A Whiff of Raven…
This tree has been in my family for centuries — at least for us women. My mother before me, her mother before her, and her mother before her as far back as we can remember we
have held lineage to this tree. The oldest daughter always inherits it when the Wise Old Mother passes. You never know what can happen to a mother. If the eldest daughter passes as well the next daughter takes reigns of the family tree. It becomes very territorial around here. Some of us can be harsh in waiting our turn much like my sister who watches and waits on the other side of the lake. I do not mind I understand her longing to keep her young this tree.
I believe my empathy has comes from watching over the girl. My heart has become soft to the ways of emotions after watching the girl suffer for so long. I have not lost my owlish wisdom, it has become enhanced with my age and understanding of these humans that we are supposed to guide. My sister would be wise to pay careful attention to her human, but she cares not. As a matter-of-fact at times she enjoys spooking her in the night. The poor fragile girl needing the wisdom of the owl instead she only receives tricks.
Most of us are not like my sister, her instincts have corrupted her and she has forgotten the gift we have been given in watching and guiding the humans. She does not stay silent when she should, and she speaks nonsense to confuse her human when she does speak. I find it evil to act in such a way making the true nature of us seem frightening instead of trying to change the false perceptions of the owl species.
We are not a bad omen or frightening, and some of us are not altogether wise. I have had my share of days — the times when I was not wise. I am now sensitive to it so much so that I am overly wise at times. I try to stay out of the affairs of the girl, but it is difficult to watch her torture herself every night.
My tree looks straight into her window, and I see what she does to herself. The tears that she hides from others. The laughter that she shares with her books. She does not share them with everyone. At times she comes out and tells me of the tales she has written. She knows that I cannot speak to her — though I want to. She knows my eyes look at her with longing to speak what she needs to hear, but she does not demand it. She smiles, and giggles then shares the stories of her love. And she showers me, and the rest of the world with delightful words of kindness.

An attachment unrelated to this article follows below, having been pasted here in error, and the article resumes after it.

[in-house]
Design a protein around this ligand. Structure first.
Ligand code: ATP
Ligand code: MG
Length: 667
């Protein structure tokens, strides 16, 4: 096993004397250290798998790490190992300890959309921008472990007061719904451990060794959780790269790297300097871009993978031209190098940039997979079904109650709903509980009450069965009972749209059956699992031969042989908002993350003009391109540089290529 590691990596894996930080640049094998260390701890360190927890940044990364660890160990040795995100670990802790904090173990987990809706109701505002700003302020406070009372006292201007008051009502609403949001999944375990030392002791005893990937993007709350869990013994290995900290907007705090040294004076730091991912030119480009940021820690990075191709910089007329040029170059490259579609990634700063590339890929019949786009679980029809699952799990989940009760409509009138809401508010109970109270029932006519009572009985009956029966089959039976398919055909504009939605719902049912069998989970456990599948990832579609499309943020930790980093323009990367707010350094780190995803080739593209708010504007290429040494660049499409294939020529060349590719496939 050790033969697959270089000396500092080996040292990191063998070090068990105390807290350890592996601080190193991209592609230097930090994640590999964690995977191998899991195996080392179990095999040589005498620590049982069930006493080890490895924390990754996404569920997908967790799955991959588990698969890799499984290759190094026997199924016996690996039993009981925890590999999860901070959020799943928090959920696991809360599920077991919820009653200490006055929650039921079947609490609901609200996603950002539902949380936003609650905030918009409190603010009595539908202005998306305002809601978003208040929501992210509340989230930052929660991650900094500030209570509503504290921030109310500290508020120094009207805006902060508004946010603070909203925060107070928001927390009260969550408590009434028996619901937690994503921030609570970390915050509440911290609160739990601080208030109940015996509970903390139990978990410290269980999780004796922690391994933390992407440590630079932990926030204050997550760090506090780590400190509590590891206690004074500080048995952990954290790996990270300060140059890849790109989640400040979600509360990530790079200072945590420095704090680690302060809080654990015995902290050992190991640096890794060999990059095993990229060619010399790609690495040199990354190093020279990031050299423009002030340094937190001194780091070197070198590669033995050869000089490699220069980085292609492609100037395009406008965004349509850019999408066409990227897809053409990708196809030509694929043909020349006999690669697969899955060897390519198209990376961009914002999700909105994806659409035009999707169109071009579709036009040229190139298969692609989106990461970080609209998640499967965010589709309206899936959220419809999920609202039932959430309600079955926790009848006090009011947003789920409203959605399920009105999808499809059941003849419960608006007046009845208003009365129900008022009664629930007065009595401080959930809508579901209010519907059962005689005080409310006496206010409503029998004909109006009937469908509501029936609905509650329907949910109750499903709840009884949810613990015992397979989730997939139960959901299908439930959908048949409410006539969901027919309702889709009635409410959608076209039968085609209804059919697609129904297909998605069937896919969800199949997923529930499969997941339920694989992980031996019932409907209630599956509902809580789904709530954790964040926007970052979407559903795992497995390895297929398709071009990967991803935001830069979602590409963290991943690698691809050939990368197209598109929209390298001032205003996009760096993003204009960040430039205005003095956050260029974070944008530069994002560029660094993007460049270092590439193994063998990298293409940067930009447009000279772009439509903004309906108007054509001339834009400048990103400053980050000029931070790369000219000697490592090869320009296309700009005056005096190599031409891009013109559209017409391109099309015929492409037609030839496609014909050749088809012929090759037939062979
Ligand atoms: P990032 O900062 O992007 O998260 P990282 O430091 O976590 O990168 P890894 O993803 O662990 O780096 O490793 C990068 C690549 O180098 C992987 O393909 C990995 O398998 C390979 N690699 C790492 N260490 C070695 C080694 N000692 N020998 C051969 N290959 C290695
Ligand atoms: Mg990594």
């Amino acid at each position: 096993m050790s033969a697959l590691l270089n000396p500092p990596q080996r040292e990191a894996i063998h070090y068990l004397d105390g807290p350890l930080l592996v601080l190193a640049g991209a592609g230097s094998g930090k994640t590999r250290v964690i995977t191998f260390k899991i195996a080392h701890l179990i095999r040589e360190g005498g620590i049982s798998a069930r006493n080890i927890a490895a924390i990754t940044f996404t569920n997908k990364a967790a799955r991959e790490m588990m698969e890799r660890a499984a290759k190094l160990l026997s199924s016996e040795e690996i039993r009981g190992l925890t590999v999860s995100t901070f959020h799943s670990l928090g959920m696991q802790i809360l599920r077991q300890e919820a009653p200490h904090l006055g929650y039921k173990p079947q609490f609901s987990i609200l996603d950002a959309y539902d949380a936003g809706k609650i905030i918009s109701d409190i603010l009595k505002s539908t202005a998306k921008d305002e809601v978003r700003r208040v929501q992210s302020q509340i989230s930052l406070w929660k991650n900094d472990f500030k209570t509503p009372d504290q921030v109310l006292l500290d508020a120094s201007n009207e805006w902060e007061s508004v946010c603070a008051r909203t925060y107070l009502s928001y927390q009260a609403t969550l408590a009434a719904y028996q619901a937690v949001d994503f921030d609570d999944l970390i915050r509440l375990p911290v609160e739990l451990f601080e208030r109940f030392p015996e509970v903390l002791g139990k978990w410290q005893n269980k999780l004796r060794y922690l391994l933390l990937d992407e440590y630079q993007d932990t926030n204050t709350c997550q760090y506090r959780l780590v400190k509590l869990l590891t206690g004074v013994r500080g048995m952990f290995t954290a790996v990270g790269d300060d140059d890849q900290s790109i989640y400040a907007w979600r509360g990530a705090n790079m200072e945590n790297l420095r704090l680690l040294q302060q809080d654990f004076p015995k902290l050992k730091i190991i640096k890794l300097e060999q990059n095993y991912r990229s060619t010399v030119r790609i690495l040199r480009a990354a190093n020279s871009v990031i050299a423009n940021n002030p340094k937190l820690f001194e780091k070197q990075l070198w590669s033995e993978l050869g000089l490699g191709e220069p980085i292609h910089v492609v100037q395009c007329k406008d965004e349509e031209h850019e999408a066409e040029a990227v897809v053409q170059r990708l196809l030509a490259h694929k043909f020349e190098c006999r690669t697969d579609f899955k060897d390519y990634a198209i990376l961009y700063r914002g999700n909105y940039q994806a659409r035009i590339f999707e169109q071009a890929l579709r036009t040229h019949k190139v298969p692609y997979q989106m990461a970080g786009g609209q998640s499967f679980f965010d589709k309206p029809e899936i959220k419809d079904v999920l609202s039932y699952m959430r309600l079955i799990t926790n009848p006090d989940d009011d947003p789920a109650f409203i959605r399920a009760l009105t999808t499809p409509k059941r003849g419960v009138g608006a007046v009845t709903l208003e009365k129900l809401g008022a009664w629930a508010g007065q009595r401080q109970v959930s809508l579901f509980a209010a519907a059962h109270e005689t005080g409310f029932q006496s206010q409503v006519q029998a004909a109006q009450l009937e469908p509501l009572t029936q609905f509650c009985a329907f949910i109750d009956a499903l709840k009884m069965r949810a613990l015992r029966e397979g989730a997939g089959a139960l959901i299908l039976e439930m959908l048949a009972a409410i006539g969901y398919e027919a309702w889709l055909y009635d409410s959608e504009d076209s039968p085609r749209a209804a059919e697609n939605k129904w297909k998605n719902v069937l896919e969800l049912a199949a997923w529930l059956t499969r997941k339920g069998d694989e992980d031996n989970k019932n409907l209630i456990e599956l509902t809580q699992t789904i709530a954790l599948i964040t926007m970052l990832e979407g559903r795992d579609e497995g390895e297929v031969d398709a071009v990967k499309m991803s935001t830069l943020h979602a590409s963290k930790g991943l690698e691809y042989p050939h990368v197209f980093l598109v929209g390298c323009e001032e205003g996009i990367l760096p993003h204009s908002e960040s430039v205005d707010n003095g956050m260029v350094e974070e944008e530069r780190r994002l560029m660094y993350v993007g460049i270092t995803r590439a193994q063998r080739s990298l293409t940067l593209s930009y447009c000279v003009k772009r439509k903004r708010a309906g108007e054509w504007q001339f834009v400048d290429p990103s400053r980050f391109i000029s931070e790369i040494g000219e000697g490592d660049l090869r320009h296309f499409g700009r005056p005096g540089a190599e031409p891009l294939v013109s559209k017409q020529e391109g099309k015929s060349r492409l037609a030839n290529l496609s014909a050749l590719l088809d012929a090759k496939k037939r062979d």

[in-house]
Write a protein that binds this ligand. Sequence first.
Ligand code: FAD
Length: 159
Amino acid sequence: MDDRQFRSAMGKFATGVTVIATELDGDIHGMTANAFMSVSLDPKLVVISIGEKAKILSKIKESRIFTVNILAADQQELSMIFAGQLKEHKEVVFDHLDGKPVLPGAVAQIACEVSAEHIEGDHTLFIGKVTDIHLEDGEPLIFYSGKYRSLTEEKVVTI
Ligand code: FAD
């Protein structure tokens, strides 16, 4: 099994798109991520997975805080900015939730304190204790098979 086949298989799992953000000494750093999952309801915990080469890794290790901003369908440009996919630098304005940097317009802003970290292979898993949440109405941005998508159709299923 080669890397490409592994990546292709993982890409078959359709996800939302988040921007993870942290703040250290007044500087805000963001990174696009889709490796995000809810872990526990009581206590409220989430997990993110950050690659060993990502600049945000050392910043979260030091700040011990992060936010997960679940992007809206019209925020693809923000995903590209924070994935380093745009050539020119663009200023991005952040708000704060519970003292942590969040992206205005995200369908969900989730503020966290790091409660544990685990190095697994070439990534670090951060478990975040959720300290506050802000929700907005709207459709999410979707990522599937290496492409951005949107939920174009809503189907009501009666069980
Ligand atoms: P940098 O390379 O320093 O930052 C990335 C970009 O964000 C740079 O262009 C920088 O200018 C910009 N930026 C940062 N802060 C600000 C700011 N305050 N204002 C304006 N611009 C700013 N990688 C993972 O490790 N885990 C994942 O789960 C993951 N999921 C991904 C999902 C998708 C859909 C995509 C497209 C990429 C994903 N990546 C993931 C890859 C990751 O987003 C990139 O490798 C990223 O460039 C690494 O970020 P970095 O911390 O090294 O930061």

I knew that with the tree came the responsibility to guide the girl. The tree was not allowed to be torn down because of us, the owls. We are protected — they built houses around our tree and the lake. Years and years people have lived in this place. They lived in houses of huts, cabins, trailers hidden in these woods, until they tore it down and built newer homes. The tales of the mothers before me were burdensome at times. We were placed in this tree for a reason, our clan belonged here. The pull of the Universe would draw the people who were to be guided. It was our purpose to watch over them. The warning was to never fall in love with them. Never look upon them as your own child. Always observe, and lead do not console or answer. My girl understood this without words, but she drew something out of me. My motherly instincts?
I was able to handle all of it until the day Raven came with him. I am jumping ahead. Raven is a dear friend. We have been close since we were young. He knows his place with his human. He always has. We have had many conversations about our humans, long dark nights conversing about the events and how best to guide them. Raven left several years ago — it broke both of our hearts. I shared my branch with him as we watched our humans. I bring up Raven now because it feels as though I sense him, but he has been gone for such a long time. Maybe it is the whiff of the breeze, it feels familiar.
My girl, I call her girl, but she is a woman. I cannot think in those terms though to me she will always be a child. The little girl who would run out to my tree and study its bark. She would laugh and talk to the ants that crawled up it, tell the tree how beautiful and grand it was. We all loved her interest in us. Her attention to the details of each root that was slowly rising from the earth. The trees deep, funneling roots that reach out and into the depths of soil that we cannot comprehend. She would roll on the ground and stroke the ridges. I speak as if she only did this long ago. The truth is she has continued to do this as recent as yesterday. We are the only thing that makes her smile now nowadays.